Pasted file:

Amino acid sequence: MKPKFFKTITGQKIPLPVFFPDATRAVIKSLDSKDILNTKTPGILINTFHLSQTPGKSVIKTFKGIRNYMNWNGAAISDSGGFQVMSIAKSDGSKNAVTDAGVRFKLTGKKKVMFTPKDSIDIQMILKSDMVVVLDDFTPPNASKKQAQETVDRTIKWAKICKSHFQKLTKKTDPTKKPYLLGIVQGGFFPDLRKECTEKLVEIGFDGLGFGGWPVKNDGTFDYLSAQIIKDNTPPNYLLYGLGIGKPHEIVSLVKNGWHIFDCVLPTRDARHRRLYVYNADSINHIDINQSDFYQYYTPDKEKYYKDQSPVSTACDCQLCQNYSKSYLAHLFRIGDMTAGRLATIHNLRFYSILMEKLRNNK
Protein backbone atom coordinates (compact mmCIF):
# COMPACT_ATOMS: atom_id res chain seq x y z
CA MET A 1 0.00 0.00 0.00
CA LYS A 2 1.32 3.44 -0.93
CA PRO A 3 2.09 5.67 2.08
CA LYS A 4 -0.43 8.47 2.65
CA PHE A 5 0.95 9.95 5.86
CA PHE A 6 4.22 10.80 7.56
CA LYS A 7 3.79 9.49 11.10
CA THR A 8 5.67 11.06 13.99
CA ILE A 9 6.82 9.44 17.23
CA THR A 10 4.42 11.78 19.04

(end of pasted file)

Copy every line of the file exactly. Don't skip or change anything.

Amino acid sequence: MKPKFFKTITGQKIPLPVFFPDATRAVIKSLDSKDILNTKTPGILINTFHLSQTPGKSVIKTFKGIRNYMNWNGAAISDSGGFQVMSIAKSDGSKNAVTDAGVRFKLTGKKKVMFTPKDSIDIQMILKSDMVVVLDDFTPPNASKKQAQETVDRTIKWAKICKSHFQKLTKKTDPTKKPYLLGIVQGGFFPDLRKECTEKLVEIGFDGLGFGGWPVKNDGTFDYLSAQIIKDNTPPNYLLYGLGIGKPHEIVSLVKNGWHIFDCVLPTRDARHRRLYVYNADSINHIDINQSDFYQYYTPDKEKYYKDQSPVSTACDCQLCQNYSKSYLAHLFRIGDMTAGRLATIHNLRFYSILMEKLRNNK
Protein backbone atom coordinates (compact mmCIF):
# COMPACT_ATOMS: atom_id res chain seq x y z
CA MET A 1 0.00 0.00 0.00
CA LYS A 2 1.32 3.44 -0.93
CA PRO A 3 2.09 5.67 2.08
CA LYS A 4 -0.43 8.47 2.65
CA PHE A 5 0.95 9.95 5.86
CA PHE A 6 4.22 10.80 7.56
CA LYS A 7 3.79 9.49 11.10
CA THR A 8 5.67 11.06 13.99
CA ILE A 9 6.82 9.44 17.23
CA THR A 10 4.42 11.78 19.04